25th June 1807: a beautiful present of sea plants

This is one of a series of posts of letters written by Ellen to her brothers and botanists in 1807. If this whets your appetite and you are interested in following the story, you might want to start at the beginning of the year and read the letters in date order.

Ellen wrote to her brother Sam on this day 210 years ago, and as usual she mentions the health of her Mother, how her disabled brother Tom is faring, and something about the Taylor family who are both neighbours and cousins. The news this time is about the arrival of a gift of plants.

The formality of the age means that Ellen refers to her sister-in-law Matilda as Mrs Hutchins. Matilda is married to Ellen’s brother Arthur and they are returning from Harrogate in Yorkshire, England, having been there to ‘take the waters’ for Arthur’s health.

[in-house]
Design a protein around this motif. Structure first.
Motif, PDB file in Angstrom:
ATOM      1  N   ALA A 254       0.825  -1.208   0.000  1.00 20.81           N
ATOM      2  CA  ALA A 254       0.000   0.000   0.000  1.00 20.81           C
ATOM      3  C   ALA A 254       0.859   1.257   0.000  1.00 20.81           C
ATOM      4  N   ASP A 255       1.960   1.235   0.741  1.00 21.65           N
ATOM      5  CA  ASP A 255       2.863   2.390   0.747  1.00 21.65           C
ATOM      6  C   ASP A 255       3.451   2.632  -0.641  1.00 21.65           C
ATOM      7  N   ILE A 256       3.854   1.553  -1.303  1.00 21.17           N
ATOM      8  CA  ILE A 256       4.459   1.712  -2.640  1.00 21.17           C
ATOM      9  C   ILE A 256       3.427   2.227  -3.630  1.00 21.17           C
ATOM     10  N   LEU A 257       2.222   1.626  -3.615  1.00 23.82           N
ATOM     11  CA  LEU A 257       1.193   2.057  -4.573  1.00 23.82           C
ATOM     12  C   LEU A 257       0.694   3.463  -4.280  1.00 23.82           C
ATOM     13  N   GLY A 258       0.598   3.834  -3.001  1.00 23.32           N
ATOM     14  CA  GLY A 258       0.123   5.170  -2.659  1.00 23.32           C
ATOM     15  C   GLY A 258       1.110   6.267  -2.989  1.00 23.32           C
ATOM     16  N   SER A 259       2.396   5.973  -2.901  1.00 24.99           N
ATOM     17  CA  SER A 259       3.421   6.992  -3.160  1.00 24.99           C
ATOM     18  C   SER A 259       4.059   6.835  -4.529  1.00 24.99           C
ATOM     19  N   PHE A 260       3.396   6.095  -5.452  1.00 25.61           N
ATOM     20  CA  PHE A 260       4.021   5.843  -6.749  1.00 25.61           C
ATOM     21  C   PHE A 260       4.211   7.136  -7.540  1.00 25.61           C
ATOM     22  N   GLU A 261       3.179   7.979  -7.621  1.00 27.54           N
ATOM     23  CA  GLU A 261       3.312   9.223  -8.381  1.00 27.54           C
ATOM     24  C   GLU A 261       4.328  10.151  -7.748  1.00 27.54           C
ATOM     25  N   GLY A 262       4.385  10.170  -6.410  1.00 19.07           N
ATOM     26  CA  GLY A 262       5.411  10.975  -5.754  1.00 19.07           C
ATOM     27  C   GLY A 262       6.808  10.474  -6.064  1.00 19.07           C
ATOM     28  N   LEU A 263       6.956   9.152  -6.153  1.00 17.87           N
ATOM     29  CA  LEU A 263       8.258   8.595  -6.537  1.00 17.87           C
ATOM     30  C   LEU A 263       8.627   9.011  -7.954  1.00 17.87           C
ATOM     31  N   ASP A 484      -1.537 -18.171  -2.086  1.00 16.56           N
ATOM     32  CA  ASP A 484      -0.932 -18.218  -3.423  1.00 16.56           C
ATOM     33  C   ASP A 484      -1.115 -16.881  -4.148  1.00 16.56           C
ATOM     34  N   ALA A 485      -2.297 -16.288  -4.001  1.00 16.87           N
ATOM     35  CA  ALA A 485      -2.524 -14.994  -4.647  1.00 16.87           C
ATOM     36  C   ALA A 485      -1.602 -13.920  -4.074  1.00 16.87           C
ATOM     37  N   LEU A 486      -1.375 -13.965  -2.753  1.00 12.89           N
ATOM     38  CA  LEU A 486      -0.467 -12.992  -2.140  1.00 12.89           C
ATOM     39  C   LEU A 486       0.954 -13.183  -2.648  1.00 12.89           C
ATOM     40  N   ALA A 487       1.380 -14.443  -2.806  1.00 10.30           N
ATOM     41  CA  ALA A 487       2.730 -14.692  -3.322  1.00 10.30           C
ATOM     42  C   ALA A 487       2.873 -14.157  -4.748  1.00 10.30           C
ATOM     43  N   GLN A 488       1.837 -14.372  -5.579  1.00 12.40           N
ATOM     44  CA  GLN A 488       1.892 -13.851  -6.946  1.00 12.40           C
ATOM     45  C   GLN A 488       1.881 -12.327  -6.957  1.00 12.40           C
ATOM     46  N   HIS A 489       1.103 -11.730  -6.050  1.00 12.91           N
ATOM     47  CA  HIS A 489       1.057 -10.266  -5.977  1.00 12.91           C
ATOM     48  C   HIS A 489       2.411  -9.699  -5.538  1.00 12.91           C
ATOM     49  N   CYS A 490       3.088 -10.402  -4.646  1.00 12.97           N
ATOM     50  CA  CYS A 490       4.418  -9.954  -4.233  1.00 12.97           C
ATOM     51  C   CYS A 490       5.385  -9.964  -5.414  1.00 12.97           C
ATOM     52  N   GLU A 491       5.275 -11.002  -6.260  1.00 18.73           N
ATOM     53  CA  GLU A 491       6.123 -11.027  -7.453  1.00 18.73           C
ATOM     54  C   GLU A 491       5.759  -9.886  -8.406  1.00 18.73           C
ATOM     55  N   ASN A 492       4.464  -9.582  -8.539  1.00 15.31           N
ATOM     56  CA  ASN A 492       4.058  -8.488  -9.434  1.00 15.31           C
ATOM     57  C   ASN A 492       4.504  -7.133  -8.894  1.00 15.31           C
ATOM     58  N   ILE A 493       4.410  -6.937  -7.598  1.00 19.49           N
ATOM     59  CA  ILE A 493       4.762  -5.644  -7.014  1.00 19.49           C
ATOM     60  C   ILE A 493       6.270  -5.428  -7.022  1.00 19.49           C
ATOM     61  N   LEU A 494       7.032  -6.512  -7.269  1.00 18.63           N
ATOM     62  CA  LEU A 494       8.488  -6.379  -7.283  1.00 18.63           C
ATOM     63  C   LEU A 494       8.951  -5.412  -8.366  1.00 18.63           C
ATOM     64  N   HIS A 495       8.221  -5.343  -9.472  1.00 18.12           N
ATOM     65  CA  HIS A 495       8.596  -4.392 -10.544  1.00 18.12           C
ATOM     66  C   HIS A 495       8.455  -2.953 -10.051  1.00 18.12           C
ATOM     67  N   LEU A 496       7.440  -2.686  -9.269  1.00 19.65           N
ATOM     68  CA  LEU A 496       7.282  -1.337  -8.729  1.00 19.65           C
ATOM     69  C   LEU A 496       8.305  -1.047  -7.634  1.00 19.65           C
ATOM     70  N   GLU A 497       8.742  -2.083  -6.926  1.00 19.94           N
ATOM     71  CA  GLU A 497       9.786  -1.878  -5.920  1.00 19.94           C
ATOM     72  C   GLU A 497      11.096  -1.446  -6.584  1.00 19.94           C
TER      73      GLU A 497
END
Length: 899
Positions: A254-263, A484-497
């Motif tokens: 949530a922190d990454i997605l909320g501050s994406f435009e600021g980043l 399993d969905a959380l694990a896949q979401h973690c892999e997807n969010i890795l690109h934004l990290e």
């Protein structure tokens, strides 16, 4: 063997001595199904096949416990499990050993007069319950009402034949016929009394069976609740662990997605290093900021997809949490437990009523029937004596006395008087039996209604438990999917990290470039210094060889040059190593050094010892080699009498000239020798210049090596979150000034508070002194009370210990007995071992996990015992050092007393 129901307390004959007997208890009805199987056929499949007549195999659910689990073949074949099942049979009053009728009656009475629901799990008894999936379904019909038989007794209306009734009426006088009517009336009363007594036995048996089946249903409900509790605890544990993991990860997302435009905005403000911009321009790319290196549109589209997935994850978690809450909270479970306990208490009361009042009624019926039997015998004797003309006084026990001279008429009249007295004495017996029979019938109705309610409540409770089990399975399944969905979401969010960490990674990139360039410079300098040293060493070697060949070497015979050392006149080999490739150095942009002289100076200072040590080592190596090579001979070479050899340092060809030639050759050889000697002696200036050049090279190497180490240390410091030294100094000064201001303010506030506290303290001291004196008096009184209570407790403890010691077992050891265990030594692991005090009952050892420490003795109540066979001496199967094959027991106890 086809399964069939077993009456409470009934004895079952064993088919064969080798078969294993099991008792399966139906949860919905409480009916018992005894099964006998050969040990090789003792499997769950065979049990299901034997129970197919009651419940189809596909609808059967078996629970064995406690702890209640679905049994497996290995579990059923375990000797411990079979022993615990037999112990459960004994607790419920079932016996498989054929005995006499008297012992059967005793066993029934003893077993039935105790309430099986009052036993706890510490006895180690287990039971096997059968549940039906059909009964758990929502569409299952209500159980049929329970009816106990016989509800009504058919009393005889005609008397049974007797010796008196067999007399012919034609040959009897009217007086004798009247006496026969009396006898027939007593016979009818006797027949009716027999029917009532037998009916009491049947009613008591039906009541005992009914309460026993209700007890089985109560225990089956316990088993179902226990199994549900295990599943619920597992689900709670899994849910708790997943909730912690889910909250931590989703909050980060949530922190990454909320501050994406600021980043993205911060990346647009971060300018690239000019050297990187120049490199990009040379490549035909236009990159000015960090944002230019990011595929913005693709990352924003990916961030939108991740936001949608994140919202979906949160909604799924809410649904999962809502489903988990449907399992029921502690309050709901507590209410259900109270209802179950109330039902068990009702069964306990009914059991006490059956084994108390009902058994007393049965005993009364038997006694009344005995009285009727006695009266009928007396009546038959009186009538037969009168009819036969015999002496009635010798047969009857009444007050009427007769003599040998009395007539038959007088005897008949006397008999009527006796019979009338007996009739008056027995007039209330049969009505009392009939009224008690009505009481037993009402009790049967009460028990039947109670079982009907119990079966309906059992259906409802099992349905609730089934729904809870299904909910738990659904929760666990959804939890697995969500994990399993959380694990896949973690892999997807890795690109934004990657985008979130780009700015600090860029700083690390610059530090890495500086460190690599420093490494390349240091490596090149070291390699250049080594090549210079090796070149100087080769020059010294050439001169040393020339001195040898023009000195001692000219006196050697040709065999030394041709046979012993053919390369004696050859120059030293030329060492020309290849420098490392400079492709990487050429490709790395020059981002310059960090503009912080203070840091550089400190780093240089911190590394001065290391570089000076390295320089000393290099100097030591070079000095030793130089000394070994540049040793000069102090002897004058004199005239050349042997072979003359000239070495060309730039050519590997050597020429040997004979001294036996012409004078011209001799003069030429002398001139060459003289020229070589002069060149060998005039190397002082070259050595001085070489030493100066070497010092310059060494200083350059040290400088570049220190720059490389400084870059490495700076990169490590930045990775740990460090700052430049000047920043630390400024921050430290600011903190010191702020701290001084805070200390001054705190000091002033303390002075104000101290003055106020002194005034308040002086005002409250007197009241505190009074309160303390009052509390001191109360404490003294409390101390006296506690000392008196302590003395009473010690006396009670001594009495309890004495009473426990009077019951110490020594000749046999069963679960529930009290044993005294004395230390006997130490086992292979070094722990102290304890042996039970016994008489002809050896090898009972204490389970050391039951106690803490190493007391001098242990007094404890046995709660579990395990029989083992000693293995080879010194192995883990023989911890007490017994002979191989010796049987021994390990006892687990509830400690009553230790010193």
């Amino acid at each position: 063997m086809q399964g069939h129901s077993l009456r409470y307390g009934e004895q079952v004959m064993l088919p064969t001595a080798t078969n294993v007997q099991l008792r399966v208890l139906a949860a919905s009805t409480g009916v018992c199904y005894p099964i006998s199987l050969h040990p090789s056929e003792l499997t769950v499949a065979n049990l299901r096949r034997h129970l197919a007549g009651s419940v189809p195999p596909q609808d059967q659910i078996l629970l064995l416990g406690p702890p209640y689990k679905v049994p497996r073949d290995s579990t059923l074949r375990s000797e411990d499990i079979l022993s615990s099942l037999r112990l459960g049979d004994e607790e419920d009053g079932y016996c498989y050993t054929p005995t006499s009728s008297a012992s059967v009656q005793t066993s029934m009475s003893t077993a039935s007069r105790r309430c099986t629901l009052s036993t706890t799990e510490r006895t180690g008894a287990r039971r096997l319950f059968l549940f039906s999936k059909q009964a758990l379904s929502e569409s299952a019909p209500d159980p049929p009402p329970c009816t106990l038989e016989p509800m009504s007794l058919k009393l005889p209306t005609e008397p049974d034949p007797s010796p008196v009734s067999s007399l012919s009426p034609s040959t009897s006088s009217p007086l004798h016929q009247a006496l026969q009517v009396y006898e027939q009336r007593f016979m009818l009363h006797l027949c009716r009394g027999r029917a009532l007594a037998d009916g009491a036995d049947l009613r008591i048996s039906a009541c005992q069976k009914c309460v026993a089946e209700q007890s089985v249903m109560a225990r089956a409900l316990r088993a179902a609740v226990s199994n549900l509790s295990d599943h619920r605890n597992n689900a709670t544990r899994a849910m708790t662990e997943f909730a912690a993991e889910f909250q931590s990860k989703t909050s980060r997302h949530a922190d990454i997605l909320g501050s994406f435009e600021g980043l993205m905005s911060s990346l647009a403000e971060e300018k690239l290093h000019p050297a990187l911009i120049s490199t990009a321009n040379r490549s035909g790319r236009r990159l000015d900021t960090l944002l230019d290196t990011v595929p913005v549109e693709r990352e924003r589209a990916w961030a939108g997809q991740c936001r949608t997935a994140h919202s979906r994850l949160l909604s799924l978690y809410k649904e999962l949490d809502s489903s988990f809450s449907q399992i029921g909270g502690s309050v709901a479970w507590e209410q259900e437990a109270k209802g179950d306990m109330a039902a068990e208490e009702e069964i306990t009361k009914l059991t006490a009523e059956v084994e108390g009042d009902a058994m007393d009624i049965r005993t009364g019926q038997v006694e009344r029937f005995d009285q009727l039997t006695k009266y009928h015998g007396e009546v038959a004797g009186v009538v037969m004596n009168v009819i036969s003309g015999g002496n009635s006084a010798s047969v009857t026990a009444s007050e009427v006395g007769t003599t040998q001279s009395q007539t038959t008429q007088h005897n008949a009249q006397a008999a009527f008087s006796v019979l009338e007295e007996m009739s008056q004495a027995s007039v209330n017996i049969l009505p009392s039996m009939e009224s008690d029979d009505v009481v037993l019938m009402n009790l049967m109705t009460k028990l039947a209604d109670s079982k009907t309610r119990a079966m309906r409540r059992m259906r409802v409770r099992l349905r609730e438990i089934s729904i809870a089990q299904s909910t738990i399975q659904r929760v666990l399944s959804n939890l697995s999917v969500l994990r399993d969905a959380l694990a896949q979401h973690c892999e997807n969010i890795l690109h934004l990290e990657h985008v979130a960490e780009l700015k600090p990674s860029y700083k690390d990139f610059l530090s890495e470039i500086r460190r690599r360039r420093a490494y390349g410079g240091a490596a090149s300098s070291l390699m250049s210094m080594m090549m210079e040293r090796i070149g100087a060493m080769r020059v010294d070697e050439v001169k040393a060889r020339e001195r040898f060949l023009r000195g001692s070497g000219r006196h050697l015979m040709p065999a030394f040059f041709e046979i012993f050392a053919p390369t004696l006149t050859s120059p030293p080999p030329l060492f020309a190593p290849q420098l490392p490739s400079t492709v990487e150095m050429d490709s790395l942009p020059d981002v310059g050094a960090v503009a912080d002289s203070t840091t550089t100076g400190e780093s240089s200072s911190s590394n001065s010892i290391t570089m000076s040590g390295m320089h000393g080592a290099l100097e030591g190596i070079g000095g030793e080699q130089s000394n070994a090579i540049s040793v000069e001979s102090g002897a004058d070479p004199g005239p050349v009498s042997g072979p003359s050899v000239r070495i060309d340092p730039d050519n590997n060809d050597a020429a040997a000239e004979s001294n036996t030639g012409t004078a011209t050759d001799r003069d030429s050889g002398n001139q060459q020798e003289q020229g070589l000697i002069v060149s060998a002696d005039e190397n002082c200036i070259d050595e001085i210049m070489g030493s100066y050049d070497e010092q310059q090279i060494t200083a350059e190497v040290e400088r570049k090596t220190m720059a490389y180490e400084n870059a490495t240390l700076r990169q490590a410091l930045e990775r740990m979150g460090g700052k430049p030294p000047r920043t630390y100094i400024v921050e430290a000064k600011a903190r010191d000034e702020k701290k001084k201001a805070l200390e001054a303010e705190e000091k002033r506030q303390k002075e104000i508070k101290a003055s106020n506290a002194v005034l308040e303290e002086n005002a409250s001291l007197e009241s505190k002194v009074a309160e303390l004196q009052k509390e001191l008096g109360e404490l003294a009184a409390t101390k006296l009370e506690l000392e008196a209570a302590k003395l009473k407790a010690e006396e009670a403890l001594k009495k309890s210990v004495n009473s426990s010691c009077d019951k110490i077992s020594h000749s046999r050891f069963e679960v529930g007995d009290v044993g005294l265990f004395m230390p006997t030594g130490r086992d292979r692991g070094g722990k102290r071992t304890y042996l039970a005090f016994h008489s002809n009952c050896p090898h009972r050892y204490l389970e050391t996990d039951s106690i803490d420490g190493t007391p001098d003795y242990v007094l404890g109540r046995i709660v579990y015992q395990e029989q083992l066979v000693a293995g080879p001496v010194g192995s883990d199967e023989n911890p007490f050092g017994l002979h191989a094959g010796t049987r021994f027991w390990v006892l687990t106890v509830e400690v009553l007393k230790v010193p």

Ballylickey June 25th 1807

My dear Sam

Tom is just as usual. He goes out in his gig often and some times goes out boating. His legs are very stiff. I don’t think he improves at all in walking. He makes few attempts and those with difficulty. My Mother is pretty well.

I have got a beautiful present of sea plants from a Mr Turner at Yarmouth. Some of the new plants I found were sent him. He was so pleased with them that he sent me some of the rarest kinds found in England and some foreign ones with some plates [drawings] and descriptions published by himself of Fuci and of Lichens.

You have not told me if you have asked Manny what answer he had to make to my letter. If he has given you any pray tell me.

How is Tom Taylor? All his friends at Inchilogh are very well. Mrs T able to come down stairs every day. She and Phyllis always enquiry after you very much. I hope you will soon enter college. You seem to wish it so much.

Mrs Hutchins says Arthur is wonderfully recovered since he went to Harrogate . I never saw so miserable looking a creature as he was before. He was like death stalking about.

All here write in love to you.

Yours affectionately

E Hutchins